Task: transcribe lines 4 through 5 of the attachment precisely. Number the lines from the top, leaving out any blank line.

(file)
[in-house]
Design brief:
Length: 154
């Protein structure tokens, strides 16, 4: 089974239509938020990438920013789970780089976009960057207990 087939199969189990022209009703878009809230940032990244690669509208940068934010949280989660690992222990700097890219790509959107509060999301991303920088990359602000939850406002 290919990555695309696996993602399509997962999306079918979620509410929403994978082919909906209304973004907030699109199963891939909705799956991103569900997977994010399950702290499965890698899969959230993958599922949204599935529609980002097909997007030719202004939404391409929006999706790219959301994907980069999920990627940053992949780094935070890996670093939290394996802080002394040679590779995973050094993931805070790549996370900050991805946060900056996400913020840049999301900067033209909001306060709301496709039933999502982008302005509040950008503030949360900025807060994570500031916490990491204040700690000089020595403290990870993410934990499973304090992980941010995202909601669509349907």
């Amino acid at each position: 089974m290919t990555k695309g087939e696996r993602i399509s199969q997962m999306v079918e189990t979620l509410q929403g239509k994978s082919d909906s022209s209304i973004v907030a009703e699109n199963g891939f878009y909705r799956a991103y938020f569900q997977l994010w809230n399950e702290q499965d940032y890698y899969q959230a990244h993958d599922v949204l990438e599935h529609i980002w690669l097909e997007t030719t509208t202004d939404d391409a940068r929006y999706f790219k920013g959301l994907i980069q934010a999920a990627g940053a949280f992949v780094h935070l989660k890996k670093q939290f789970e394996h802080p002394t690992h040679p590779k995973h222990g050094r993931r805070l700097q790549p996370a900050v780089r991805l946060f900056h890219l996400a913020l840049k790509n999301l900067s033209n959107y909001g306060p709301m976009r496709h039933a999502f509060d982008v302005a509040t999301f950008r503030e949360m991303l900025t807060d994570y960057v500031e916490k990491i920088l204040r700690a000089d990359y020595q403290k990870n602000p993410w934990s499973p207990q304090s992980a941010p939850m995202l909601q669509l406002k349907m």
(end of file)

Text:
């Protein structure tokens, strides 16, 4: 089974239509938020990438920013789970780089976009960057207990 087939199969189990022209009703878009809230940032990244690669509208940068934010949280989660690992222990700097890219790509959107509060999301991303920088990359602000939850406002 290919990555695309696996993602399509997962999306079918979620509410929403994978082919909906209304973004907030699109199963891939909705799956991103569900997977994010399950702290499965890698899969959230993958599922949204599935529609980002097909997007030719202004939404391409929006999706790219959301994907980069999920990627940053992949780094935070890996670093939290394996802080002394040679590779995973050094993931805070790549996370900050991805946060900056996400913020840049999301900067033209909001306060709301496709039933999502982008302005509040950008503030949360900025807060994570500031916490990491204040700690000089020595403290990870993410934990499973304090992980941010995202909601669509349907």
């Amino acid at each position: 089974m290919t990555k695309g087939e696996r993602i399509s199969q997962m999306v079918e189990t979620l509410q929403g239509k994978s082919d909906s022209s209304i973004v907030a009703e699109n199963g891939f878009y909705r799956a991103y938020f569900q997977l994010w809230n399950e702290q499965d940032y890698y899969q959230a990244h993958d599922v949204l990438e599935h529609i980002w690669l097909e997007t030719t509208t202004d939404d391409a940068r929006y999706f790219k920013g959301l994907i980069q934010a999920a990627g940053a949280f992949v780094h935070l989660k890996k670093q939290f789970e394996h802080p002394t690992h040679p590779k995973h222990g050094r993931r805070l700097q790549p996370a900050v780089r991805l946060f900056h890219l996400a913020l840049k790509n999301l900067s033209n959107y909001g306060p709301m976009r496709h039933a999502f509060d982008v302005a509040t999301f950008r503030e949360m991303l900025t807060d994570y960057v500031e916490k990491i920088l204040r700690a000089d990359y020595q403290k990870n602000p993410w934990s499973p207990q304090s992980a941010p939850m995202l909601q669509l406002k349907m």